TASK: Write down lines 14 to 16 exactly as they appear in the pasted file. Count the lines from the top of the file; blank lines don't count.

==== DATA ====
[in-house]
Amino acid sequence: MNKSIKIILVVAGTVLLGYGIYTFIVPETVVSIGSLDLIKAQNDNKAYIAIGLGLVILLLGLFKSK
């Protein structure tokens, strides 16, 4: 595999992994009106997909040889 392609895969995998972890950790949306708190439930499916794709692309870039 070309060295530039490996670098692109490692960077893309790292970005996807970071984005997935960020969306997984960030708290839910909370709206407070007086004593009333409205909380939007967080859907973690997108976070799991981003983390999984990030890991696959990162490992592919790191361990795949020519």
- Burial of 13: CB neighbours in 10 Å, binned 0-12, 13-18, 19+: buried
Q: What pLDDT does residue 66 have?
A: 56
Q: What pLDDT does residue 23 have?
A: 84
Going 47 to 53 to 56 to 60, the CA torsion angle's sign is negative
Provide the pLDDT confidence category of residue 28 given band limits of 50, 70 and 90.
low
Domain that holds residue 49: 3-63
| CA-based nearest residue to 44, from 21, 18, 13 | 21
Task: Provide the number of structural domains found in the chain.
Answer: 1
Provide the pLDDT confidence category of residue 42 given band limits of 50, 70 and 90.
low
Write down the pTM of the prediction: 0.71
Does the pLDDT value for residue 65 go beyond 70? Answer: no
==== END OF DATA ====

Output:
Task: Provide the number of structural domains found in the chain.
Answer: 1
Provide the pLDDT confidence category of residue 42 given band limits of 50, 70 and 90.